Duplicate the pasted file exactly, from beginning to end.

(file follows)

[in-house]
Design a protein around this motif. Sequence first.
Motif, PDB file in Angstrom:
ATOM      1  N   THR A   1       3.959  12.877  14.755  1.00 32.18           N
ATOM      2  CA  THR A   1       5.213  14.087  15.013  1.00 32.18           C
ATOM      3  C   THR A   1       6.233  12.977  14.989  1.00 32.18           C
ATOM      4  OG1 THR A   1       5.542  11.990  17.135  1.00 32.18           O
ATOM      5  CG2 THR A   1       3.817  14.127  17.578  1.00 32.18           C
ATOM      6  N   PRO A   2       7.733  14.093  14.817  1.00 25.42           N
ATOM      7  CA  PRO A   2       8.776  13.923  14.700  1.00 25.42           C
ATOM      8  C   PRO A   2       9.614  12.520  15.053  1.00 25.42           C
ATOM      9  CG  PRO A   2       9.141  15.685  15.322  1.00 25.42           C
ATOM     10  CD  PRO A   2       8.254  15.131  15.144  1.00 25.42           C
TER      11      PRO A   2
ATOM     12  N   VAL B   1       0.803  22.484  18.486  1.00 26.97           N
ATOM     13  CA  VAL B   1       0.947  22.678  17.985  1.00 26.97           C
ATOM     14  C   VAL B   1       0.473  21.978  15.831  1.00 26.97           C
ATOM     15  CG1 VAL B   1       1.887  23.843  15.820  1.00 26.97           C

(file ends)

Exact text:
[in-house]
Design a protein around this motif. Sequence first.
Motif, PDB file in Angstrom:
ATOM      1  N   THR A   1       3.959  12.877  14.755  1.00 32.18           N
ATOM      2  CA  THR A   1       5.213  14.087  15.013  1.00 32.18           C
ATOM      3  C   THR A   1       6.233  12.977  14.989  1.00 32.18           C
ATOM      4  OG1 THR A   1       5.542  11.990  17.135  1.00 32.18           O
ATOM      5  CG2 THR A   1       3.817  14.127  17.578  1.00 32.18           C
ATOM      6  N   PRO A   2       7.733  14.093  14.817  1.00 25.42           N
ATOM      7  CA  PRO A   2       8.776  13.923  14.700  1.00 25.42           C
ATOM      8  C   PRO A   2       9.614  12.520  15.053  1.00 25.42           C
ATOM      9  CG  PRO A   2       9.141  15.685  15.322  1.00 25.42           C
ATOM     10  CD  PRO A   2       8.254  15.131  15.144  1.00 25.42           C
TER      11      PRO A   2
ATOM     12  N   VAL B   1       0.803  22.484  18.486  1.00 26.97           N
ATOM     13  CA  VAL B   1       0.947  22.678  17.985  1.00 26.97           C
ATOM     14  C   VAL B   1       0.473  21.978  15.831  1.00 26.97           C
ATOM     15  CG1 VAL B   1       1.887  23.843  15.820  1.00 26.97           C